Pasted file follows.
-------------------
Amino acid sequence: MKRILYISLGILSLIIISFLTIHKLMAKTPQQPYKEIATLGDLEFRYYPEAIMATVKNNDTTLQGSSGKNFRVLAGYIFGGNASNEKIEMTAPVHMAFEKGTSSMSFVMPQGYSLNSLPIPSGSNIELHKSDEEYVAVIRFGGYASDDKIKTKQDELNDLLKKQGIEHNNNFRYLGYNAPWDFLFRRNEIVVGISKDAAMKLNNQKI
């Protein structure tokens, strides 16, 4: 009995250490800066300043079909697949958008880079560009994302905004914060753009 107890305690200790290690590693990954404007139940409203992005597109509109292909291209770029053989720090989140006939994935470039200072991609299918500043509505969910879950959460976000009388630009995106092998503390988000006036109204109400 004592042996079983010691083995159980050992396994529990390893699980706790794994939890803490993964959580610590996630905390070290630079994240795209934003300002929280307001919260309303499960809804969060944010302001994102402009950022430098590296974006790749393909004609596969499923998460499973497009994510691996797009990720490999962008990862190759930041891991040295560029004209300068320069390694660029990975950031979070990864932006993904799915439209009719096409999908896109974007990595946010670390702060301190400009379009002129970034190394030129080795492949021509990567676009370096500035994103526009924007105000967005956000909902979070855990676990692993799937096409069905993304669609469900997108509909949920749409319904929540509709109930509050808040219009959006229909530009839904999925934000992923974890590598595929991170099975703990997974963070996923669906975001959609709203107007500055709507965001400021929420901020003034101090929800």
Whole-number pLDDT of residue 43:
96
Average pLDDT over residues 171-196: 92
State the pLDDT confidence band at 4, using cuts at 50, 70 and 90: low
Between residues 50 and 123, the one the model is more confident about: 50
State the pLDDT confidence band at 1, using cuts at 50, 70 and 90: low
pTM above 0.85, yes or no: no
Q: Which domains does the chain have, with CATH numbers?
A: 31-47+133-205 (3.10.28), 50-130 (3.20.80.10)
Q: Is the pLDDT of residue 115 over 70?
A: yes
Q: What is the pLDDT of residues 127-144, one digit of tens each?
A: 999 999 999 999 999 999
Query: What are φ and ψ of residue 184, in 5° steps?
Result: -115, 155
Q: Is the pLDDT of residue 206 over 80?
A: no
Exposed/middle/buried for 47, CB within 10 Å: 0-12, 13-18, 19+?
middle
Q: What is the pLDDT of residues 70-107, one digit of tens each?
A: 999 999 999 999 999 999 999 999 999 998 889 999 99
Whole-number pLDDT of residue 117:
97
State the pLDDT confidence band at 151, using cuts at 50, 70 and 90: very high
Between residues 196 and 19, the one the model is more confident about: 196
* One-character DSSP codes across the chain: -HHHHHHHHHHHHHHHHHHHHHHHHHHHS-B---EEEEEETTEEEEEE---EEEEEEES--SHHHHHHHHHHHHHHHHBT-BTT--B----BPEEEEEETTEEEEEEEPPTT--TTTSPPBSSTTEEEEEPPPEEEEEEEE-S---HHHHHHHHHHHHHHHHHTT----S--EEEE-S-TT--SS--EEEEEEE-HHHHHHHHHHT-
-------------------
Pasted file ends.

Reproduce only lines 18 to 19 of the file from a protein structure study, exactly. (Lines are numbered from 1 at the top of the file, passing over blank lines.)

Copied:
Q: Is the pLDDT of residue 206 over 80?
A: no